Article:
Since the Mosley victory in 2010, victories over future hall of famer Miguel Cotto, WBC welterweight champions Victor Ortiz and Robert Guerrero, and the younger, bigger, stronger and fresher light-middleweight champion ‘Canelo’ Alvarez have only bolstered the ever expanding and impressive fight ledger.
Of course, the journey from super featherweight champion in 1998 to multi-weight, pound-for-pound super star was not one without its potholes. Some big names were missed along the way (notably Manny Pacquiao, Kostya Tszyu and Antonio Margarito); some were faced past their prime (De la Hoya, Mosley and arguably Cotto); and some were compromised by weight (Hatton, Marquez and, most recently, ‘Canelo’ Alvarez). And herein lies the critics’ ammunition.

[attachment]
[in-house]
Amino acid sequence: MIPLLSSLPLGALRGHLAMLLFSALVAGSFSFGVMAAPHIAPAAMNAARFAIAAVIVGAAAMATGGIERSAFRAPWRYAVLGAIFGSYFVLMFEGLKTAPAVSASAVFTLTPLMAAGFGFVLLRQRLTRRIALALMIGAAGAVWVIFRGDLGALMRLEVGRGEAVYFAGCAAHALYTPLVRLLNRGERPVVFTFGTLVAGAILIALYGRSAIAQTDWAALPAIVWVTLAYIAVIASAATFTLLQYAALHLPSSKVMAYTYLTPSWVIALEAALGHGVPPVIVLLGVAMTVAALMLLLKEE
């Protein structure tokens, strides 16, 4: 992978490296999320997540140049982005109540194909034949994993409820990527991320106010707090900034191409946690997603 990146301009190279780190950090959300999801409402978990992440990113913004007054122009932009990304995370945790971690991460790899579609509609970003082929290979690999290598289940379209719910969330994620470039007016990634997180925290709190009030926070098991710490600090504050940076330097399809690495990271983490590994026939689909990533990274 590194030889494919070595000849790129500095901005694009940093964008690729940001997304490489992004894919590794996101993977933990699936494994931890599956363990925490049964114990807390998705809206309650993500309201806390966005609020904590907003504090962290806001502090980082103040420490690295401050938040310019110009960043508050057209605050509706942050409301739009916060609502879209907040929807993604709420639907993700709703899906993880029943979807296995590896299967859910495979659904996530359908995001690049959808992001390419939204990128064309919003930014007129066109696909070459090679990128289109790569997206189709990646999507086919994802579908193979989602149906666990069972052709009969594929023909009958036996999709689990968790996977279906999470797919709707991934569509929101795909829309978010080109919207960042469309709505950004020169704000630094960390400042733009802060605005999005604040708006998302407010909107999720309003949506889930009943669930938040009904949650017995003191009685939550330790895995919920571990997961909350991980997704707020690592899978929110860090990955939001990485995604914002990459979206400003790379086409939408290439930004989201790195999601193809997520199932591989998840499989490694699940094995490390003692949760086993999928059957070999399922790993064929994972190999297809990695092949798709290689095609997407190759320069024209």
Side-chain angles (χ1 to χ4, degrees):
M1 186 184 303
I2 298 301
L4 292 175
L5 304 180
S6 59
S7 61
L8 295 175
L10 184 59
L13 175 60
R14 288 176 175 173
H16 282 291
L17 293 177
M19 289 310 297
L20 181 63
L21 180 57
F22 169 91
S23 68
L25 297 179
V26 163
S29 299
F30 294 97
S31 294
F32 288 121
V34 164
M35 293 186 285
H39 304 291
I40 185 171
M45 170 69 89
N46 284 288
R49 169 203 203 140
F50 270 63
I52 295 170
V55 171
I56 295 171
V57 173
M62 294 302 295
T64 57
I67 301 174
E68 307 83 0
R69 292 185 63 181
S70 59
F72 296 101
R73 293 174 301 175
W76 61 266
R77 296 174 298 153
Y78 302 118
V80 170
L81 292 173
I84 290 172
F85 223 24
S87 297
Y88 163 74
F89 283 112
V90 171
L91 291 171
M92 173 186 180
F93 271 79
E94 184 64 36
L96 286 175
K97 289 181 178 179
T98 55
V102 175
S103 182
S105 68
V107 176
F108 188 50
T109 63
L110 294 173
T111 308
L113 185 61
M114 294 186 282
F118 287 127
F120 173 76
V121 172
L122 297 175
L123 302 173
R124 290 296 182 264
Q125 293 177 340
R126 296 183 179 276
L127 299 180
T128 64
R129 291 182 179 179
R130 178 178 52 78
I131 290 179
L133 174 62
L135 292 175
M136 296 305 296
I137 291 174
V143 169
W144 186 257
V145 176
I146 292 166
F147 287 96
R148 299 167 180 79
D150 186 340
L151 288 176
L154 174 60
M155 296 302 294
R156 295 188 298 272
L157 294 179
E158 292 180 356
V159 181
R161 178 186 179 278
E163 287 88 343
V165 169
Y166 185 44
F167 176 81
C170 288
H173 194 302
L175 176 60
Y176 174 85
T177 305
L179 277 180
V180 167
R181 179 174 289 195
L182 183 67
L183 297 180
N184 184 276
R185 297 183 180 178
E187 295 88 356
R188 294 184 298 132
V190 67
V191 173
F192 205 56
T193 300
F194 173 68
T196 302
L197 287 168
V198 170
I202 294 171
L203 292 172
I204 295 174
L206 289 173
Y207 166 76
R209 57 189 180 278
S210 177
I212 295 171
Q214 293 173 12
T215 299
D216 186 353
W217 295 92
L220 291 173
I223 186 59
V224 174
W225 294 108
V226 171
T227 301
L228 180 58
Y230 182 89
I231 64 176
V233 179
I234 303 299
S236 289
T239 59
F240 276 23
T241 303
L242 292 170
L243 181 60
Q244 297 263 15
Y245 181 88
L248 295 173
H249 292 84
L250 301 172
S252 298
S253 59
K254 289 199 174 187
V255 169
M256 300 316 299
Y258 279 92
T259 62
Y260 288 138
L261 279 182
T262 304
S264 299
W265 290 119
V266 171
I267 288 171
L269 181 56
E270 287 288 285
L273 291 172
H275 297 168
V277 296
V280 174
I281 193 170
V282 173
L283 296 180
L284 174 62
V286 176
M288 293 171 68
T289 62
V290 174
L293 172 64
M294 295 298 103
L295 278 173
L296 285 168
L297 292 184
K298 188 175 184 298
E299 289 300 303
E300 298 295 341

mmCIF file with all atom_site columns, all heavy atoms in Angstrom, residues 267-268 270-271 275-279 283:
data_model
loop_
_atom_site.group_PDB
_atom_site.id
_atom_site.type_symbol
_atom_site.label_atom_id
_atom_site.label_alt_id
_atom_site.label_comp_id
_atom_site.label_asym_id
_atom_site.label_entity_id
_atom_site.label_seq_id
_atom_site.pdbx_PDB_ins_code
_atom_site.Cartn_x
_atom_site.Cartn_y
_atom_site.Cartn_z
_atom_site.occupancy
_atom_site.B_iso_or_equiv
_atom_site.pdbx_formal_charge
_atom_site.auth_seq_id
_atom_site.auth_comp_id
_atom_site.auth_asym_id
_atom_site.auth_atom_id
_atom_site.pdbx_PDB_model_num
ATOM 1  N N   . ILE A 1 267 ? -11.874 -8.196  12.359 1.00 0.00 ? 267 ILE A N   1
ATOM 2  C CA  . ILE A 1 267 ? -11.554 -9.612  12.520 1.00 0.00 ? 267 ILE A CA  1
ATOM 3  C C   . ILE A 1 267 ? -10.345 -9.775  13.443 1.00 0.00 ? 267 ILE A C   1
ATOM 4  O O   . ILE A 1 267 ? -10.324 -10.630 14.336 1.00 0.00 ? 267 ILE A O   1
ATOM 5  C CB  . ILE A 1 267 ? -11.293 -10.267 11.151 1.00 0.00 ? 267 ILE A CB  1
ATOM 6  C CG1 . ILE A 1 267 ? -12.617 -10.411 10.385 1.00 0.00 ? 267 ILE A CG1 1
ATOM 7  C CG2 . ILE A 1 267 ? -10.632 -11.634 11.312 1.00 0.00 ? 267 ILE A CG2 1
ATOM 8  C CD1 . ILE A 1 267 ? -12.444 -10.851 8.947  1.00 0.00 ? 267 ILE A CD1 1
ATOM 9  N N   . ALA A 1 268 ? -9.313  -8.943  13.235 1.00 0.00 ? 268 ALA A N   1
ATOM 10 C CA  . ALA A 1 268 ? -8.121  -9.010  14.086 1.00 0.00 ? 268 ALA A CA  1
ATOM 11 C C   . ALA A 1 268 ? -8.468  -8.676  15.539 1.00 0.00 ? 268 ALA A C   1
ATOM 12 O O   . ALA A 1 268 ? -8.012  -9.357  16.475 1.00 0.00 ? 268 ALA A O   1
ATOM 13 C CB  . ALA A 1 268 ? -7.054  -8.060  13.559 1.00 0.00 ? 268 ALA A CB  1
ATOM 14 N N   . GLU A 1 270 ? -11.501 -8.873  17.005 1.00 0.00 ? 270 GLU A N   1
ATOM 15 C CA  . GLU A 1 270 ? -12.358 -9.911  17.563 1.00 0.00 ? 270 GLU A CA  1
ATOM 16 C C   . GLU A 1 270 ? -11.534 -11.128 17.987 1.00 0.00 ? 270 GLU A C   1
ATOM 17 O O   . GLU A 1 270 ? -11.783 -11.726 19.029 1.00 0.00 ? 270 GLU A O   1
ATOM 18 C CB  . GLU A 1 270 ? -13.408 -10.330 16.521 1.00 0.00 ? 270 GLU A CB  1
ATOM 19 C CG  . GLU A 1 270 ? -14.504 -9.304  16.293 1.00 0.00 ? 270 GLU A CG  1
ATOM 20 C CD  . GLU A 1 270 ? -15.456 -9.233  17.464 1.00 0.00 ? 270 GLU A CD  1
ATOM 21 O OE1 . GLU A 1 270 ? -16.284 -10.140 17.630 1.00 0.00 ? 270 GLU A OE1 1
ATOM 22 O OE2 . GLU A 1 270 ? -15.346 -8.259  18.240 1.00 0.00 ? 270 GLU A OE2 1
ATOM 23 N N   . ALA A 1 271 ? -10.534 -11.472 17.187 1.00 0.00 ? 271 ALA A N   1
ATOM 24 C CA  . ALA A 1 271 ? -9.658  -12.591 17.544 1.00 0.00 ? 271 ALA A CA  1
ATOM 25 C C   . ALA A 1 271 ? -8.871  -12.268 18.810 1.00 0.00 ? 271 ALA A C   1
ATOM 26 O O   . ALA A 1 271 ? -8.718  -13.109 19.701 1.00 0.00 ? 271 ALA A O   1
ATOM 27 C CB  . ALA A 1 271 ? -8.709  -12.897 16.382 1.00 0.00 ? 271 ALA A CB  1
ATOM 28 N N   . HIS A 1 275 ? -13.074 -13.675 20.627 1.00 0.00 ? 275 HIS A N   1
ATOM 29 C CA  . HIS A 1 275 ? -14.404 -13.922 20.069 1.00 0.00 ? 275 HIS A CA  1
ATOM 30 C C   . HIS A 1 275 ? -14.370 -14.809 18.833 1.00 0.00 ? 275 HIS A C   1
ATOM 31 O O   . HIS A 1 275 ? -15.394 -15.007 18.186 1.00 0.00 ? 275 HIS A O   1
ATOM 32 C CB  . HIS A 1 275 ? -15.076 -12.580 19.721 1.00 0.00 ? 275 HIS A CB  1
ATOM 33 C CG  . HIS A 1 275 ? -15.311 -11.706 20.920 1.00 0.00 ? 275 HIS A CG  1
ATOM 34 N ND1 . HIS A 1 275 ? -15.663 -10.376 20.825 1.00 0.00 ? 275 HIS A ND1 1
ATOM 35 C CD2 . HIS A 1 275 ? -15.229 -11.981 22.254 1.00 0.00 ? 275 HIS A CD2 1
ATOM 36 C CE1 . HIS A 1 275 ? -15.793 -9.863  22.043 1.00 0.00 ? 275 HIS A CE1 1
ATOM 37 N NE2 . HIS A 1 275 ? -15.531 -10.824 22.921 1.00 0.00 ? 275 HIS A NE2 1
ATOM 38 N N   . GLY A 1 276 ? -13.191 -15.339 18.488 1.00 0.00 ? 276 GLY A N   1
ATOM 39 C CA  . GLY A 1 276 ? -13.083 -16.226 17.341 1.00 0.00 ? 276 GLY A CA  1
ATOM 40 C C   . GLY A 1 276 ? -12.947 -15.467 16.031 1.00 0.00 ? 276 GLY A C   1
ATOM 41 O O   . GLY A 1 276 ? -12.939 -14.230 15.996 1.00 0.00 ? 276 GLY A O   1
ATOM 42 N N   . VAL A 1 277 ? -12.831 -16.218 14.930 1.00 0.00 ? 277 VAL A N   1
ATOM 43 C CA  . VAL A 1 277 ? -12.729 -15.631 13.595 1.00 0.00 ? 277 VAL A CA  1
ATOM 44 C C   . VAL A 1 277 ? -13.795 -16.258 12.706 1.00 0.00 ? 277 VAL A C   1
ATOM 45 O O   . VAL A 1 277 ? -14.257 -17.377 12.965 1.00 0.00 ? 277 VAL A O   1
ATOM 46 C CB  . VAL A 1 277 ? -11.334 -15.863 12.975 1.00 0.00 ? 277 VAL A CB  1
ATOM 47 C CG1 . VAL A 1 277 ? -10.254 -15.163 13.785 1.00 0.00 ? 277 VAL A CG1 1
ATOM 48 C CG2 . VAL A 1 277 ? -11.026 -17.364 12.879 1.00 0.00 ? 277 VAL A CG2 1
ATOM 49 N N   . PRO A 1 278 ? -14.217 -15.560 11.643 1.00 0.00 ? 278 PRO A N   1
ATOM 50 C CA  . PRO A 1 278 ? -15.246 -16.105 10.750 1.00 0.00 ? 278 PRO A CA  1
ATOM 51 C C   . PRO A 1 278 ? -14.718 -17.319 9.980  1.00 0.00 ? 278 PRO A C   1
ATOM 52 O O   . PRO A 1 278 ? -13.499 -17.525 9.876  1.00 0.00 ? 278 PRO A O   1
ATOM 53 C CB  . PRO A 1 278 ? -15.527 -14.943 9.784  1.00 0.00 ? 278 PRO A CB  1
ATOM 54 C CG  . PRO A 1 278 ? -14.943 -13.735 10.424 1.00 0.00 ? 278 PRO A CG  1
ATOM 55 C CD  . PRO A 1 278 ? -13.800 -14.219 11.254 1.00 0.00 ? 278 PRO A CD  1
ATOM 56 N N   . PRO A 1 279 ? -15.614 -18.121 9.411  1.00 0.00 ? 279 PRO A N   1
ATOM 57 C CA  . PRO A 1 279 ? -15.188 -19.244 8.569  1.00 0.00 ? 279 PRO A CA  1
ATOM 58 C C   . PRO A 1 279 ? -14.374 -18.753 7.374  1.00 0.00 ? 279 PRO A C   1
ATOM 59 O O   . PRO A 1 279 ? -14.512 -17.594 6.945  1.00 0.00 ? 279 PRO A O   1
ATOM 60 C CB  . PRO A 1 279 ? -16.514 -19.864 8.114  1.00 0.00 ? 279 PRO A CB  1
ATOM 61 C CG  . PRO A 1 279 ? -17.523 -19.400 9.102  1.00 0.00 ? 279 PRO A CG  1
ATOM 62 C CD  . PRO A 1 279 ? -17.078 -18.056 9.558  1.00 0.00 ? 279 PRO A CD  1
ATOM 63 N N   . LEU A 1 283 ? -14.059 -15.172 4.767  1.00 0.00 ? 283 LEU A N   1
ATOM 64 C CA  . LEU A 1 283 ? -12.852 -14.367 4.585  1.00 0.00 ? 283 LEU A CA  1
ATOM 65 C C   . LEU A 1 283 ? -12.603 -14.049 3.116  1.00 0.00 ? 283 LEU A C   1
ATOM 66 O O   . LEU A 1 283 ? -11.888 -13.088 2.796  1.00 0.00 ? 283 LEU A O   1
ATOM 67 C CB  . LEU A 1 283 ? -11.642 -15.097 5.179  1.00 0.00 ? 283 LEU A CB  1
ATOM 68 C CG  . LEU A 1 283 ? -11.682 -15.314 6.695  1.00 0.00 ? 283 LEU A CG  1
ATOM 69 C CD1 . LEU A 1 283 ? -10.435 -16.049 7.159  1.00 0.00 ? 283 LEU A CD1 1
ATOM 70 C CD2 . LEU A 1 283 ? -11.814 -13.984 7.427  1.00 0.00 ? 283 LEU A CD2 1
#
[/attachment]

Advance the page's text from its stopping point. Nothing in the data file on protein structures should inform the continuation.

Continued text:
A small dose of boxing history puts these criticisms firmly into perspective though. For while it is true that his record would be significantly improved without these holes, the fact that they exist is not sufficient to undermine all else that he has accomplished.
Consider that Roy Jones Jnr. failed to meet his two biggest rivals in the 1990’s (Steve Collins and Darius Michalczewski); or that Lennox Lewis faced his biggest rivals after they had peaked (Evander Holyfield and Mike Tyson) or not at all (Riddick Bowe). Oscar De la Hoya missed stand-out world champions Winky Wright and Vernon Forest during his reign, while middleweight Bernard Hopkins scored his greatest triumphs against the smaller De la Hoya and Felix Trinidad. And yet, these are without doubt a selection of some of the greatest fighters of the modern era – who deservedly earned the “great” label so coveted by boxing purists.